Source: Rocky Mountain News 6/27/97 Page 5A
Contact: Needleexchange program faces police resistance

Mayor Wellington Webb will ask the City Council to legalize needleexchange
programs next week, Denver's public health director said Thursday.

But the push will likely draw opposition from lawenforcement officials, who
fear needleexchange programs condone drug use and dilute antidrug efforts.

Dr. Frank Judson, director of public health, said the mayor will ask the
council during Tuesday's stateofthecity address to make needleexchange
program workers and participants exempt from an ordinance that prohibits
possession of intravenous needles.

Webb supported a resolution adopted by the U.S. Conference of Mayors this
week urging the U.S. government to let local public health officials use
federal dollars for needleexchange programs.

Advocates say needleexchange programs, which give drug addicts clean needles
in exchange for their used ones, slow the spread of AIDS and other diseases.

In February, the state board of health unanimously endorsed needleexchange

"I'm not convinced they are effective, but I am convinced they're not
harmful," Judson said.

Denver police and other Colorado lawenforcement agencies lobbied against a
bill legalizing the programs. State lawmakers killed the measure in February.

Denver police Chief David Michaud would not comment on the proposal.

Denver District Attorney Bill Ritter said he would be required to prosecute
people who violate state laws that prohibit possession of needles.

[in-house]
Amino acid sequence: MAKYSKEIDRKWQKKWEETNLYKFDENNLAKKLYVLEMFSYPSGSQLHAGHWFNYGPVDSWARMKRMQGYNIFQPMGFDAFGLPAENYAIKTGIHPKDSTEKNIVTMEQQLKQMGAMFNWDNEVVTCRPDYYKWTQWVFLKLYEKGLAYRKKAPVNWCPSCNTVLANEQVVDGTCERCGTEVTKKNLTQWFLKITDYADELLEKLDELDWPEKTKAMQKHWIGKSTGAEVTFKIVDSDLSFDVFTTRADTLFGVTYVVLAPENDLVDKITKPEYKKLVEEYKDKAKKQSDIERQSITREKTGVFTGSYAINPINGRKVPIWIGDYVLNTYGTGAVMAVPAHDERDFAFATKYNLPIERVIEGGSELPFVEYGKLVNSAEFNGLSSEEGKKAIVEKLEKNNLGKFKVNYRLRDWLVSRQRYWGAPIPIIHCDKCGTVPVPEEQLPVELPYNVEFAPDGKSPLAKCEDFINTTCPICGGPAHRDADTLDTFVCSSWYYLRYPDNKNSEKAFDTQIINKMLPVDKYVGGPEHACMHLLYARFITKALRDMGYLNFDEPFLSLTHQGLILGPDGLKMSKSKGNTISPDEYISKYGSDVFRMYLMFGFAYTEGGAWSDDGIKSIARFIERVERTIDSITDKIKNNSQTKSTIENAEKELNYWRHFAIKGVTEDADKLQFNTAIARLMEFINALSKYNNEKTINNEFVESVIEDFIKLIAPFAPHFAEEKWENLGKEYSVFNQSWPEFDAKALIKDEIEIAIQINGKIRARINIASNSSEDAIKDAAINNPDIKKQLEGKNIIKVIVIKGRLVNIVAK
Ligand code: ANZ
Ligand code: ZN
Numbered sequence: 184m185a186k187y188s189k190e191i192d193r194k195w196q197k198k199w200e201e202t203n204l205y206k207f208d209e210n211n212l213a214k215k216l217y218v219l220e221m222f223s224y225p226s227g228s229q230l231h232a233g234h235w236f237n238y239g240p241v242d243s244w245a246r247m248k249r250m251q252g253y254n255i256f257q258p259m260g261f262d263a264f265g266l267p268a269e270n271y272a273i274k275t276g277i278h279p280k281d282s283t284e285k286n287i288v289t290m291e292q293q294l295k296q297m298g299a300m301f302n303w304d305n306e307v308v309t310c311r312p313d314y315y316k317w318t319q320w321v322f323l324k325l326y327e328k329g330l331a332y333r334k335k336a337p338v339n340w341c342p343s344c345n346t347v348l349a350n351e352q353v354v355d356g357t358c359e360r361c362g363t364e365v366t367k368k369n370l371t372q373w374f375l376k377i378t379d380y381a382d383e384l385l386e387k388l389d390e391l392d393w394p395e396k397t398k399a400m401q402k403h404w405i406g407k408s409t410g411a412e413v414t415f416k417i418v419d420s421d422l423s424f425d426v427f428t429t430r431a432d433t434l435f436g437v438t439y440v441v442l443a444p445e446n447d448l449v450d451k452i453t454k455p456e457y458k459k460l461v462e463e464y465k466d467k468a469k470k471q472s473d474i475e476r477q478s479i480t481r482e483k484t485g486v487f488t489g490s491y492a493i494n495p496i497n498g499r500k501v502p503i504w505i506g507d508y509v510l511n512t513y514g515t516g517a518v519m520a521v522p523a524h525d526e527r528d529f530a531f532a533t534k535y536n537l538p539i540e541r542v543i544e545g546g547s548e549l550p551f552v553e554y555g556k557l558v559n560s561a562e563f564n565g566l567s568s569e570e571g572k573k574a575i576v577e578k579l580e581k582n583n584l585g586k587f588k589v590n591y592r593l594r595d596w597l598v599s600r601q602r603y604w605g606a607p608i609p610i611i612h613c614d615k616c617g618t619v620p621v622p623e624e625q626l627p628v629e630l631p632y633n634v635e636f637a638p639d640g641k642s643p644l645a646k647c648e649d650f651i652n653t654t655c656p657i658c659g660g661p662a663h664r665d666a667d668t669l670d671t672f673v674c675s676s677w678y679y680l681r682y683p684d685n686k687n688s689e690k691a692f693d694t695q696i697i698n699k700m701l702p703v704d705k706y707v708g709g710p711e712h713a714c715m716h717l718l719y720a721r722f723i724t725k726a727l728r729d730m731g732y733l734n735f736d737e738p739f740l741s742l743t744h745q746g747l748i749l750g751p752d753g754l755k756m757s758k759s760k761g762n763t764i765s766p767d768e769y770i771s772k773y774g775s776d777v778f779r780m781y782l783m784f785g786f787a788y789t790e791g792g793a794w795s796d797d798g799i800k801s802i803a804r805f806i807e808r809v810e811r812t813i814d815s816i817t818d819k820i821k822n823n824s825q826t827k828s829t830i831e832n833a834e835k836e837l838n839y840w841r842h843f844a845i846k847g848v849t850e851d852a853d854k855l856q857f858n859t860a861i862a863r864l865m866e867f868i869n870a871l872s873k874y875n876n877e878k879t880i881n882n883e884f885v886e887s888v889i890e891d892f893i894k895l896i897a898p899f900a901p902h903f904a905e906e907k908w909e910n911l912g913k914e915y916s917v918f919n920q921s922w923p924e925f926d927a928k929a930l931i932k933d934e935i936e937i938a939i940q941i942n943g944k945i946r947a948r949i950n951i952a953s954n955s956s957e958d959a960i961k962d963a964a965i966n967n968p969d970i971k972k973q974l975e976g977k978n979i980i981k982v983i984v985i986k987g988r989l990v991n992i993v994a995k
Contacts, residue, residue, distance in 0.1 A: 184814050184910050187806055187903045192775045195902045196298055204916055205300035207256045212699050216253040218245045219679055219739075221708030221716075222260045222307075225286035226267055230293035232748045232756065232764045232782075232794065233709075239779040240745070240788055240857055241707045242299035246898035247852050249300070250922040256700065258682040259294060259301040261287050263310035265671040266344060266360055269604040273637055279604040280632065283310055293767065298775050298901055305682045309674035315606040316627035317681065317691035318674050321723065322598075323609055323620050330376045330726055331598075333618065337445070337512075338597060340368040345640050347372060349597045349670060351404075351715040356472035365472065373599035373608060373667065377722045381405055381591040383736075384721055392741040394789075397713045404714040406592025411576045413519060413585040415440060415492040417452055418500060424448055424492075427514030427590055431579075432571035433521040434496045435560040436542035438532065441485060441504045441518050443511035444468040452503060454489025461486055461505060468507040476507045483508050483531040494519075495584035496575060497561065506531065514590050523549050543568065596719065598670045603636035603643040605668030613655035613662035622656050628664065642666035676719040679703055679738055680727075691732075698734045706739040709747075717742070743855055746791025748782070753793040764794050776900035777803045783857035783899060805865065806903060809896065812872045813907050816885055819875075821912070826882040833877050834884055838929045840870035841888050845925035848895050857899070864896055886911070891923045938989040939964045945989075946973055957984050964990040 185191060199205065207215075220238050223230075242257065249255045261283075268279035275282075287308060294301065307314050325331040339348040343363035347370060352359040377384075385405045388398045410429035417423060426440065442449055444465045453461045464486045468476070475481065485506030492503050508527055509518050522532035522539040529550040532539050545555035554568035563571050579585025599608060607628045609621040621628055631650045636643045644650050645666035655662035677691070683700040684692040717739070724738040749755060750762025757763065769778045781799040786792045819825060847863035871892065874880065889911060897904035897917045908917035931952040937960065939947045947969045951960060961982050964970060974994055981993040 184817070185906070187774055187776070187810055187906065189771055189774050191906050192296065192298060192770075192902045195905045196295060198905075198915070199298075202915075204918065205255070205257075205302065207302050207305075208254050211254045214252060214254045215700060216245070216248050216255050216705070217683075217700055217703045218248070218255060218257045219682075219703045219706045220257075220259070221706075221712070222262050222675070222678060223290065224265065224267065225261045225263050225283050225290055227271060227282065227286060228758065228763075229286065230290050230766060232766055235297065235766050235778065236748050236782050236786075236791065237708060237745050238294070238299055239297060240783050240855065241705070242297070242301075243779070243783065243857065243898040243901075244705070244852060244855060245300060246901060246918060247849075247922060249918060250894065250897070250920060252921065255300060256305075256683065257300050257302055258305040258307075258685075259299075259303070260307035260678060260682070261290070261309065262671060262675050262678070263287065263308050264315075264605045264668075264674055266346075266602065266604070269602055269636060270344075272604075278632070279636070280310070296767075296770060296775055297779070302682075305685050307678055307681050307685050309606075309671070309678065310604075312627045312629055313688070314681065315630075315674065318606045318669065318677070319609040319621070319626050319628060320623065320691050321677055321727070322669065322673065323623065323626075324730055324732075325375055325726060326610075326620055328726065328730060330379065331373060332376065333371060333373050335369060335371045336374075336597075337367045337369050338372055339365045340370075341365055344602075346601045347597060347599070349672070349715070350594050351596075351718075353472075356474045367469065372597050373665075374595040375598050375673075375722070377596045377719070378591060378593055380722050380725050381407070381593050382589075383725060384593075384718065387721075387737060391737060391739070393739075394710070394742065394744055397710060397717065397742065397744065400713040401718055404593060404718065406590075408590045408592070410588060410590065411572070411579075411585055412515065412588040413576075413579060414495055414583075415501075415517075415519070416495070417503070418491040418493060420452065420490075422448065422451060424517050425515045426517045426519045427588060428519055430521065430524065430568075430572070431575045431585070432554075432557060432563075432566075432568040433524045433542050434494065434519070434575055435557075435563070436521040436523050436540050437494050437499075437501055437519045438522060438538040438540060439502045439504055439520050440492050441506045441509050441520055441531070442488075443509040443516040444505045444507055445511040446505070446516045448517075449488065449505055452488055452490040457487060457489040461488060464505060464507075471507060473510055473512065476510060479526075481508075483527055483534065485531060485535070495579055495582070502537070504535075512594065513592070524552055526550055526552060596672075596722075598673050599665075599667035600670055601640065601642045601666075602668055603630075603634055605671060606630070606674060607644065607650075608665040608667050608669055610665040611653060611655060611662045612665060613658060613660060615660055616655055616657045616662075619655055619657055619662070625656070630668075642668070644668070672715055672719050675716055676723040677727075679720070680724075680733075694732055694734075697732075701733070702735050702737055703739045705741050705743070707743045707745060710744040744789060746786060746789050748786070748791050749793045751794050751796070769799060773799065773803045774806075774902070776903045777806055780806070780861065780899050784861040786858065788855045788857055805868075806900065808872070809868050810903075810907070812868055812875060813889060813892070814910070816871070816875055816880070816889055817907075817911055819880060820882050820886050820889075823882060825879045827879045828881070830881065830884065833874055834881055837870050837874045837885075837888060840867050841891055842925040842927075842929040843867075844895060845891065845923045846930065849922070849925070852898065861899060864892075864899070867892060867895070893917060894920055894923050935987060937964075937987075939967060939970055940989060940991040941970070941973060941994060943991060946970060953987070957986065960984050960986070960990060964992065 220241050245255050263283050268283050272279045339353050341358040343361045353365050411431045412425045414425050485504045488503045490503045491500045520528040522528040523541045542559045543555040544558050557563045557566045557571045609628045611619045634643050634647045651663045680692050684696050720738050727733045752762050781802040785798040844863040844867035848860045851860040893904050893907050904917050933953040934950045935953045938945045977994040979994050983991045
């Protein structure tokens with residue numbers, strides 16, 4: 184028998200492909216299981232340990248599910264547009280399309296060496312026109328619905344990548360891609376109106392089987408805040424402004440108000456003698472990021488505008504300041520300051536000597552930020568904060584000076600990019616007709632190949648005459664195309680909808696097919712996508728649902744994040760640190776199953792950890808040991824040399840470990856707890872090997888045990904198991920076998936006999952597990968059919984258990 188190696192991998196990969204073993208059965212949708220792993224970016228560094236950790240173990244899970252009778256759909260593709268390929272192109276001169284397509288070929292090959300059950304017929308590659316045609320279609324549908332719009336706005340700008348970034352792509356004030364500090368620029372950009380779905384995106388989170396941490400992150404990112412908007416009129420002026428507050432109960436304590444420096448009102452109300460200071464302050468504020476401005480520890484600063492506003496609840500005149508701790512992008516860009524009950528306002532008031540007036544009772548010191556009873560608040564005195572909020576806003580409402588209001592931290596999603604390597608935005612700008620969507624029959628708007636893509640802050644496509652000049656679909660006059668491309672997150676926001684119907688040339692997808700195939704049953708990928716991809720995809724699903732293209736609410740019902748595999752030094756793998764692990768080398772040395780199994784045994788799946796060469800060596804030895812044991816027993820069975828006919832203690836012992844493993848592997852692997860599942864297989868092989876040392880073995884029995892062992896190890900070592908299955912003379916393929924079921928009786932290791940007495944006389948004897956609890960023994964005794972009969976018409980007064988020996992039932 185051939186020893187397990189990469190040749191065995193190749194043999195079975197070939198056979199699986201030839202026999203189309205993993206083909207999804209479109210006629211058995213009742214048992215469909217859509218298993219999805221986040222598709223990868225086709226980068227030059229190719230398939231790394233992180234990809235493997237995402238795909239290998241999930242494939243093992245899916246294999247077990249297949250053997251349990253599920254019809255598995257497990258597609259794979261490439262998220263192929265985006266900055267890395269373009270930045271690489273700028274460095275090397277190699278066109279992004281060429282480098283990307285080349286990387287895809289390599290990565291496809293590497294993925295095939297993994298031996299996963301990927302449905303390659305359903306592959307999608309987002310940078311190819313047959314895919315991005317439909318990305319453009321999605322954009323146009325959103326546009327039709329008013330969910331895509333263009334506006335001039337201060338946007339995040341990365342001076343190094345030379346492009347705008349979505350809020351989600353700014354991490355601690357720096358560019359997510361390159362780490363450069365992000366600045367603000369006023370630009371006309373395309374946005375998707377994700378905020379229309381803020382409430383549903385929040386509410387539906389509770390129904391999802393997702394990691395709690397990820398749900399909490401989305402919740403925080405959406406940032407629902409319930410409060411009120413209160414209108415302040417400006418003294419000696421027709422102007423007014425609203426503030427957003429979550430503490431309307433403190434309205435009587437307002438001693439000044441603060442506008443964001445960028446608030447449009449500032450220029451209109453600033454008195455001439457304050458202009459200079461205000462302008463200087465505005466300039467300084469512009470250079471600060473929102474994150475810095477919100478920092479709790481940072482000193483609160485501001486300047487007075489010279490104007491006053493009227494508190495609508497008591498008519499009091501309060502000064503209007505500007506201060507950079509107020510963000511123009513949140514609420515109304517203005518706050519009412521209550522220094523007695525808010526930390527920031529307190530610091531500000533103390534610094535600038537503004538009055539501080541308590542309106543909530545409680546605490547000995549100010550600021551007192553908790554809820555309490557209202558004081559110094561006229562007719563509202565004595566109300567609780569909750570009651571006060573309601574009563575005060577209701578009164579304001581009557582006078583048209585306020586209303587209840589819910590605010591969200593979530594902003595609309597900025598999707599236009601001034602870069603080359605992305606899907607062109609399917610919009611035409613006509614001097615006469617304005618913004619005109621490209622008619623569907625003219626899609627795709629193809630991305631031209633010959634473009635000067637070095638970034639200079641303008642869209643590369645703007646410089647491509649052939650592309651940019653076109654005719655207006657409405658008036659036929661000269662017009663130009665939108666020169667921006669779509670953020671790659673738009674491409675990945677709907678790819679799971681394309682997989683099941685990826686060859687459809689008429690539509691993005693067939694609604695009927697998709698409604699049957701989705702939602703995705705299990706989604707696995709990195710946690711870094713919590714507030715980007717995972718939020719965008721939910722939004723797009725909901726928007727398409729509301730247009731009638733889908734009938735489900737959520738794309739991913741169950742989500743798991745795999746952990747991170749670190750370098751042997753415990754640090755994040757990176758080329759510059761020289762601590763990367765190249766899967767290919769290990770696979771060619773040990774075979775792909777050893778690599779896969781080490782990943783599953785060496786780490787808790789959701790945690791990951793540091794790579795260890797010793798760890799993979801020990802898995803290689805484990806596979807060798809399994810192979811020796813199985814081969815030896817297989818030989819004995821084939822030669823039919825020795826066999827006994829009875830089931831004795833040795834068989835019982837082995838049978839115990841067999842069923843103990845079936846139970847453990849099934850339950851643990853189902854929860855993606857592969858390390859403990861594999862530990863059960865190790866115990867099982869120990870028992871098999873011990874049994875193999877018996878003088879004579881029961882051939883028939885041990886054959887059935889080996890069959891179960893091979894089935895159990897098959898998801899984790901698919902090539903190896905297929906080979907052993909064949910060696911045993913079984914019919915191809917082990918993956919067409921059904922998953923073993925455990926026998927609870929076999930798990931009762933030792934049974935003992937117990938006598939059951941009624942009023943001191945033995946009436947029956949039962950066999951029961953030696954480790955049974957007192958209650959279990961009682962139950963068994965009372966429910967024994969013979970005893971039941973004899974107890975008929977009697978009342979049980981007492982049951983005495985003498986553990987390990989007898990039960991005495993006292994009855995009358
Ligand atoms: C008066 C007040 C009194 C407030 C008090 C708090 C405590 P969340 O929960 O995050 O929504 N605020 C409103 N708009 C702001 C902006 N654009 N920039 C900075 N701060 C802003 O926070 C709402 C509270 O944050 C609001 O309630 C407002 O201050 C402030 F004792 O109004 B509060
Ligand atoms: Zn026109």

Ritter said he would not follow the lead of Boulder DA Alex Hunter, who does
not prosecute participants of the state's only open needleexchange program.

But Ritter said he would like to discuss the issue with Webb, Michaud and
other officials. "That's where I am today on this issue," said Ritter. "This
is not a dead end for me."

Small, informal underground groups already sponsor needleexchange programs,
said Paul Simons, executive director of PEERS, a nonprofit group that would
run a needle exchange for the city.

He said programs would be more effective if they were supervised by public
officials. Programs would be required to encourage clients to stop using

"Needle exchange is not a panacea," he said.

Simons' agency, which promotes AIDS awareness, would swap about 40 syringes a
week with every addict who comes forward. Private donors would pay for
needles for as many as 1,000 addicts at a cost of about $15,000 a year.


For more information call/write:

(People Engaged in Education and Reduction Strategies)
2701 Alcott Street
Suite 263/264
Denver, CO 80211
phone: (303) 4552472 
fax: (303) 4552548